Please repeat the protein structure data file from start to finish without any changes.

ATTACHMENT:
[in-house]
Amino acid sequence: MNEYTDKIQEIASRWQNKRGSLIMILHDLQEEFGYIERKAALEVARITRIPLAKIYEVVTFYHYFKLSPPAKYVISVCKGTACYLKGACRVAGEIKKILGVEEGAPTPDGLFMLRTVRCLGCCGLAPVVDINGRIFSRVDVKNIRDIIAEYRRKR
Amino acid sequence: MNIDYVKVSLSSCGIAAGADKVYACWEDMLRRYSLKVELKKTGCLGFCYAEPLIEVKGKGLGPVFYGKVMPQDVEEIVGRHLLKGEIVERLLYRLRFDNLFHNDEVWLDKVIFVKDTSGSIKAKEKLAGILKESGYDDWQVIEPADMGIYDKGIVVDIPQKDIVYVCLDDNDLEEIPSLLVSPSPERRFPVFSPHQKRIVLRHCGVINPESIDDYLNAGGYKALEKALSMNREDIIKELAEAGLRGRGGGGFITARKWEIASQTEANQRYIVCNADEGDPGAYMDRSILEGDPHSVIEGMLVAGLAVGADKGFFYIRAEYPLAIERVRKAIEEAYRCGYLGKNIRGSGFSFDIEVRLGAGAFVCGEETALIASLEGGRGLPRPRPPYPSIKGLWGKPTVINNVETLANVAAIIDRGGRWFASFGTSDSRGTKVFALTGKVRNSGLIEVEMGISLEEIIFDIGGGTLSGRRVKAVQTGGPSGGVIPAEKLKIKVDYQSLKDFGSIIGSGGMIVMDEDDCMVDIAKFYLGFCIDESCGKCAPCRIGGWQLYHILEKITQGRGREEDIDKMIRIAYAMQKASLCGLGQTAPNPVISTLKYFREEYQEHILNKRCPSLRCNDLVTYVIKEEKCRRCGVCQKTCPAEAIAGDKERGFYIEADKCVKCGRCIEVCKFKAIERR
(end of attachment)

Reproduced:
[in-house]
Amino acid sequence: MNEYTDKIQEIASRWQNKRGSLIMILHDLQEEFGYIERKAALEVARITRIPLAKIYEVVTFYHYFKLSPPAKYVISVCKGTACYLKGACRVAGEIKKILGVEEGAPTPDGLFMLRTVRCLGCCGLAPVVDINGRIFSRVDVKNIRDIIAEYRRKR
Amino acid sequence: MNIDYVKVSLSSCGIAAGADKVYACWEDMLRRYSLKVELKKTGCLGFCYAEPLIEVKGKGLGPVFYGKVMPQDVEEIVGRHLLKGEIVERLLYRLRFDNLFHNDEVWLDKVIFVKDTSGSIKAKEKLAGILKESGYDDWQVIEPADMGIYDKGIVVDIPQKDIVYVCLDDNDLEEIPSLLVSPSPERRFPVFSPHQKRIVLRHCGVINPESIDDYLNAGGYKALEKALSMNREDIIKELAEAGLRGRGGGGFITARKWEIASQTEANQRYIVCNADEGDPGAYMDRSILEGDPHSVIEGMLVAGLAVGADKGFFYIRAEYPLAIERVRKAIEEAYRCGYLGKNIRGSGFSFDIEVRLGAGAFVCGEETALIASLEGGRGLPRPRPPYPSIKGLWGKPTVINNVETLANVAAIIDRGGRWFASFGTSDSRGTKVFALTGKVRNSGLIEVEMGISLEEIIFDIGGGTLSGRRVKAVQTGGPSGGVIPAEKLKIKVDYQSLKDFGSIIGSGGMIVMDEDDCMVDIAKFYLGFCIDESCGKCAPCRIGGWQLYHILEKITQGRGREEDIDKMIRIAYAMQKASLCGLGQTAPNPVISTLKYFREEYQEHILNKRCPSLRCNDLVTYVIKEEKCRRCGVCQKTCPAEAIAGDKERGFYIEADKCVKCGRCIEVCKFKAIERR